|Publication number||US7523424 B2|
|Application number||US 11/291,445|
|Publication date||Apr 21, 2009|
|Filing date||Nov 30, 2005|
|Priority date||Nov 30, 2005|
|Also published as||US20070124706|
|Publication number||11291445, 291445, US 7523424 B2, US 7523424B2, US-B2-7523424, US7523424 B2, US7523424B2|
|Inventors||Abhijeet Kolpekwar, Scott Cranston, Peter Frey|
|Original Assignee||Cadence Design Systems, Inc.|
|Export Citation||BiBTeX, EndNote, RefMan|
|Patent Citations (4), Non-Patent Citations (3), Referenced by (12), Classifications (10), Legal Events (3)|
|External Links: USPTO, USPTO Assignment, Espacenet|
The present invention relates to the field of electronic design automation tools. In particular, the present invention relates to a method and system for representing analog connectivity in hardware description language designs.
The development of complicated integrated circuits often requires powerful numerical simulation programs. For example, circuit simulation is an essential part in the design flow of integrated circuits, helping circuit designers to verify the functionality and performance of their designs without going through expensive fabrication processes. Examples of electronic circuit simulators include the Simulation Program with Integrated Circuit Emphasis (SPICE) developed at the University of California, Berkeley (UC Berkeley), and various enhanced versions or derivatives of SPICE, such as SPECTRE, developed by Cadence Design Systems, Inc. SPICE and its derivatives or enhanced versions will be referred to hereafter as SPICE circuit simulators, or SPICE.
An integrated circuit is a network of circuit elements such as resistors, capacitors, inductors, mutual inductors, transmission lines, diodes, bipolar junction transistors (BJT), junction field effect transistors (JFET), metal-oxide-semiconductor field effect transistors (MOSFET), metal-semiconductor field effect transistors (MESFET), thin-film transistors (TFT), etc. SPICE models a circuit in a node/element fashion, i.e., the circuit is regarded as a collection of various circuit elements connected at nodes. At the heart of SPICE is the so-called Nodal Analysis, which is accomplished by formulating nodal equations (or circuit equations) in matrix format to represent the circuit and by solving these nodal equations. The circuit elements are modeled by device models, which produce model results that are represented in the circuit equations as matrices.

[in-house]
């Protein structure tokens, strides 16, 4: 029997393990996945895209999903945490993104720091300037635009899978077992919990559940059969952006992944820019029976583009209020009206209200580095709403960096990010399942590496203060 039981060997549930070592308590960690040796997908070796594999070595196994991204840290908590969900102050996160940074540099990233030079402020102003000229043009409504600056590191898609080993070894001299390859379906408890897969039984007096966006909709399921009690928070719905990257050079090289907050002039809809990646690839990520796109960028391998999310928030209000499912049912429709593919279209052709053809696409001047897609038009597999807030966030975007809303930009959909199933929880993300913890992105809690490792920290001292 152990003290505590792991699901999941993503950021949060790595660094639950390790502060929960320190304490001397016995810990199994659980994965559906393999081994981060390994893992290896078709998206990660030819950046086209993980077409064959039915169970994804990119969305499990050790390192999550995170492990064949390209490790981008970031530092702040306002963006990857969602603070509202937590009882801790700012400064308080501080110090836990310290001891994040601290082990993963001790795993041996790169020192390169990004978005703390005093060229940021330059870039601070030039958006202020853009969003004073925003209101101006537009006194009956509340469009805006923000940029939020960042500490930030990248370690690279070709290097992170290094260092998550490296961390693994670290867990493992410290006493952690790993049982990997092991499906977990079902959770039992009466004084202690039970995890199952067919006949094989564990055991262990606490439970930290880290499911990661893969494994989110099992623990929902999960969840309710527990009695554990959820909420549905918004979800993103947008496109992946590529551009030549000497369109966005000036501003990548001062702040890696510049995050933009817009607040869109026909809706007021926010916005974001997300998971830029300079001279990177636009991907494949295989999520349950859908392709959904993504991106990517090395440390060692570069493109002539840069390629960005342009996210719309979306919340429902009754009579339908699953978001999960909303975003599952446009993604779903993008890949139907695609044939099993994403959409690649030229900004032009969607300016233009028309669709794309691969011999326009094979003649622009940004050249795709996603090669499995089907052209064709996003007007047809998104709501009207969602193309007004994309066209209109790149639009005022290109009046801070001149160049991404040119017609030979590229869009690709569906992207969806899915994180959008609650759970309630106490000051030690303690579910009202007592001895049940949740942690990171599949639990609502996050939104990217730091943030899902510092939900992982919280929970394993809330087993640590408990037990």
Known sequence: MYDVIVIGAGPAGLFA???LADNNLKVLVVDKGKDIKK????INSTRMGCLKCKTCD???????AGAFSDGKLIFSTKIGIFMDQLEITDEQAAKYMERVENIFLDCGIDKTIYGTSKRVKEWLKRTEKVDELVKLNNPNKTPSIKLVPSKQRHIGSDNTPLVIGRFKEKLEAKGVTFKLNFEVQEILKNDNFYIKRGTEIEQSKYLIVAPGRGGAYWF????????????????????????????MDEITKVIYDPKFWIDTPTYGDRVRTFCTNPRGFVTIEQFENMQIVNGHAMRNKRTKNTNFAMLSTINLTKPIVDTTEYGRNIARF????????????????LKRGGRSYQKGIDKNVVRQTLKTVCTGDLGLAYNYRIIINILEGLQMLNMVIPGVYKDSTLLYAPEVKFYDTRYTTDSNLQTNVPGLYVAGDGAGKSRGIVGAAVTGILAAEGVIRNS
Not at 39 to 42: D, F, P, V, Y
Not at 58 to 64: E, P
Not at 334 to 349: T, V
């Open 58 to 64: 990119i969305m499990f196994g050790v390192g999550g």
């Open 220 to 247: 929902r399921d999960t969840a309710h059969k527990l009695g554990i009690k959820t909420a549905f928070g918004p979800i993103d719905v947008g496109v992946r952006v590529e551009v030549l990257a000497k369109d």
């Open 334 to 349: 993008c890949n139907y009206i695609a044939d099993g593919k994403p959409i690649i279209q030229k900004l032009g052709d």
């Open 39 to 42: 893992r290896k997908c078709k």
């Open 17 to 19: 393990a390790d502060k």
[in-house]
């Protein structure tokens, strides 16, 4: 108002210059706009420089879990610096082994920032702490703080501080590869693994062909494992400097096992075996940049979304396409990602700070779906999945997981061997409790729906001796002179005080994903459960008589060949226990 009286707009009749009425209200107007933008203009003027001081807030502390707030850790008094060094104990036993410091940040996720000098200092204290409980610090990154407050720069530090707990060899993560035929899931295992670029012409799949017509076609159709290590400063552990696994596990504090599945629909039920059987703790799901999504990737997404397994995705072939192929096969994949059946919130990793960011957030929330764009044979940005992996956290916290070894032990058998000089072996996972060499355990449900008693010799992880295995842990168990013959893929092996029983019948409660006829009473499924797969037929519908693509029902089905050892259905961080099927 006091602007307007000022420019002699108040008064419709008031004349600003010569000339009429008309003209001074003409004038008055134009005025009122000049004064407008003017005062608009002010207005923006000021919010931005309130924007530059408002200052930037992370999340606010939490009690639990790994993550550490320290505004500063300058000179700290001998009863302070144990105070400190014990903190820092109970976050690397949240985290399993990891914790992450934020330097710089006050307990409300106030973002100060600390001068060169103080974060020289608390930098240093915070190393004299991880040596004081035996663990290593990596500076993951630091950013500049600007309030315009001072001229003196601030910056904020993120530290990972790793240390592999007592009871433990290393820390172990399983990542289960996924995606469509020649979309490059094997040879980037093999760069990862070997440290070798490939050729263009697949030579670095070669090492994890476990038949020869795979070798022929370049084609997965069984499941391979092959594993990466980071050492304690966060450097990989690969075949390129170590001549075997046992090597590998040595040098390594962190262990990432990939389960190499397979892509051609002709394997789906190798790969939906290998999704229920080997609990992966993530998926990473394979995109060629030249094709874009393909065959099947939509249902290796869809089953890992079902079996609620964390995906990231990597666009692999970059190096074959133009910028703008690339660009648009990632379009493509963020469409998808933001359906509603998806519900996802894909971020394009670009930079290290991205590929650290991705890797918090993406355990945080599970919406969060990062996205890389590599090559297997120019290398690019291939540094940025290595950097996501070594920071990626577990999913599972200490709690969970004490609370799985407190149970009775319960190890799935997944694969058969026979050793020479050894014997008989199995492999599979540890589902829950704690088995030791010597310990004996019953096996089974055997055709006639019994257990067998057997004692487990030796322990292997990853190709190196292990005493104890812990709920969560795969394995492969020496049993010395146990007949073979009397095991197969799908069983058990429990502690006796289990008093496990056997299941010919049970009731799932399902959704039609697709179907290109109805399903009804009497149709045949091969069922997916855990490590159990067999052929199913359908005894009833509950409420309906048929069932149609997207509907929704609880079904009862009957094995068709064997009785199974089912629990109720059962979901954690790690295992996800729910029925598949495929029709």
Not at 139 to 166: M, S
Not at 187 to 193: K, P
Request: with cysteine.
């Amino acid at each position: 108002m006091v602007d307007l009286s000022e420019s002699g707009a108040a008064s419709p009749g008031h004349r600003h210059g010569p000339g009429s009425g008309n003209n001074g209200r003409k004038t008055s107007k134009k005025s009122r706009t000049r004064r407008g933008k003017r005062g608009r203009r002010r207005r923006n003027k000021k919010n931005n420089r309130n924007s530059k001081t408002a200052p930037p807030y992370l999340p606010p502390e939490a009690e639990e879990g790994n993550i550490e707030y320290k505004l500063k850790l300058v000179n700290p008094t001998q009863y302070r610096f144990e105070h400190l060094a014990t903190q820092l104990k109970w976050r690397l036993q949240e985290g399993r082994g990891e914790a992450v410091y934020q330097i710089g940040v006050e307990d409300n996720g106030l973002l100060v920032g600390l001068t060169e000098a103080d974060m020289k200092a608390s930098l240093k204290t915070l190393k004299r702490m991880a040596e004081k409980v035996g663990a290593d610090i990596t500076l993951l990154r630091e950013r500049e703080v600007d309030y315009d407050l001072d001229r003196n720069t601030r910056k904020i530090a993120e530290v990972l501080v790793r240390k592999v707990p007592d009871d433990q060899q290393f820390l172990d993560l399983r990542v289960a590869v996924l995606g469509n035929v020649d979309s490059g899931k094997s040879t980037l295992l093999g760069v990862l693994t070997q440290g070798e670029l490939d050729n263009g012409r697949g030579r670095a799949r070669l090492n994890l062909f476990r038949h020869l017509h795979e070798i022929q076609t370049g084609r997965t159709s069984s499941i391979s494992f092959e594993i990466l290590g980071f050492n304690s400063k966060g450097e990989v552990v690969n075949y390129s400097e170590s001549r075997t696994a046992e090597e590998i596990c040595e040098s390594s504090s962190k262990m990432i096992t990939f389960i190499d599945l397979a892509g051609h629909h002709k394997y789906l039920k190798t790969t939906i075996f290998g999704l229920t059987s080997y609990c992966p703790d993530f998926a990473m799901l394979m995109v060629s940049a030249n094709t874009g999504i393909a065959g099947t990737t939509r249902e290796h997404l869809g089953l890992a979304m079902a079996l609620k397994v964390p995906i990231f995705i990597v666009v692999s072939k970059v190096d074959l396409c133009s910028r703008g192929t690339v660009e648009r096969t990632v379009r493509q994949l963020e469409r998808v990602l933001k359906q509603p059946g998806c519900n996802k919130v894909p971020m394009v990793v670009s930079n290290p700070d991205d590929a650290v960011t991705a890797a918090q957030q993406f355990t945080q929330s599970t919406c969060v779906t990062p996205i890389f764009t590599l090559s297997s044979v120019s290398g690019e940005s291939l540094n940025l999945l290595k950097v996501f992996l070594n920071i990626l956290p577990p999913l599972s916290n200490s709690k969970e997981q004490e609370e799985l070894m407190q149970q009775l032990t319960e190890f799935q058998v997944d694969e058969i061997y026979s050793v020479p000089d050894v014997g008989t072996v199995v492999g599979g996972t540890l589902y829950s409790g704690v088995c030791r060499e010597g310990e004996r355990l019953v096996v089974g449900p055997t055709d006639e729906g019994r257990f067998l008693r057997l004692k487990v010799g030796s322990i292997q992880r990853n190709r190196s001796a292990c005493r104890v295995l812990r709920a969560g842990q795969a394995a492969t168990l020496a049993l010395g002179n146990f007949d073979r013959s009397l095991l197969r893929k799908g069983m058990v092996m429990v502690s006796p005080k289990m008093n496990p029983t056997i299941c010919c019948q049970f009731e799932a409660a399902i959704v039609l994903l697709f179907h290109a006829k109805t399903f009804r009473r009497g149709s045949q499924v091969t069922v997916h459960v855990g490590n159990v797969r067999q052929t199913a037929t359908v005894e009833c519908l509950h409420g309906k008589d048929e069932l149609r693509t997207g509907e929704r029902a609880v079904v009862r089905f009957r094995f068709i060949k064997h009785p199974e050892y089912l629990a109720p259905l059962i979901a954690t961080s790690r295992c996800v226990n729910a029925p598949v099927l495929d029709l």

A device model for modeling a circuit element, such as the SPICE model for modeling MOSFET devices, developed by UC Berkeley, typically includes model equations and a set of model parameters that mathematically represent characteristics of the circuit element under various bias conditions. For example, a circuit element with n terminals can be modeled by the following current-voltage relations:
I i =f i(V 1 , . . . , V n , t) for i=1, . . . , n,
where Ii represents the current entering terminal I; Vj (j=1, . . . , n) represents the voltage or terminal bias across terminal j and a reference terminal, such as the ground; and t represents the time. The Kirchhoff's Current Law implies that the current entering terminal n is given by
A conductance matrix of the circuit element is defined by:
To model the circuit element under alternating current (AC) operations, the device model also considers the relationship between node charges and the terminal biases:
Q i =q i(V 1 , . . . , V n , t) for i=1, . . . , n.
where Qi represents the node charge at terminal i. Thus, the capacitance matrix of the n-terminal circuit element is defined by
A complex integrated circuit may contain millions of circuit elements such as transistors, resistors, and capacitors. The design and simulation of such a complex integrated circuit may involve multiple teams of engineers. It is advantageous to partition the design of such complex integrated circuit using a hierarchical approach, whereby certain circuit elements are grouped together and may be reused repeatedly through the integrated circuit or in a subsequent design. A method and system for design and simulation of an integrated circuit with a hierarchical data structure are disclosed by U.S. patent application Ser. No. 10/724,277, entitled “System and Method for Simulating a Circuit Having Hierarchical Structure,” which, filed on Nov. 26, 2003 and commonly owned by Cadence Design Systems, Inc., is incorporated expressly by reference in its entirety herein.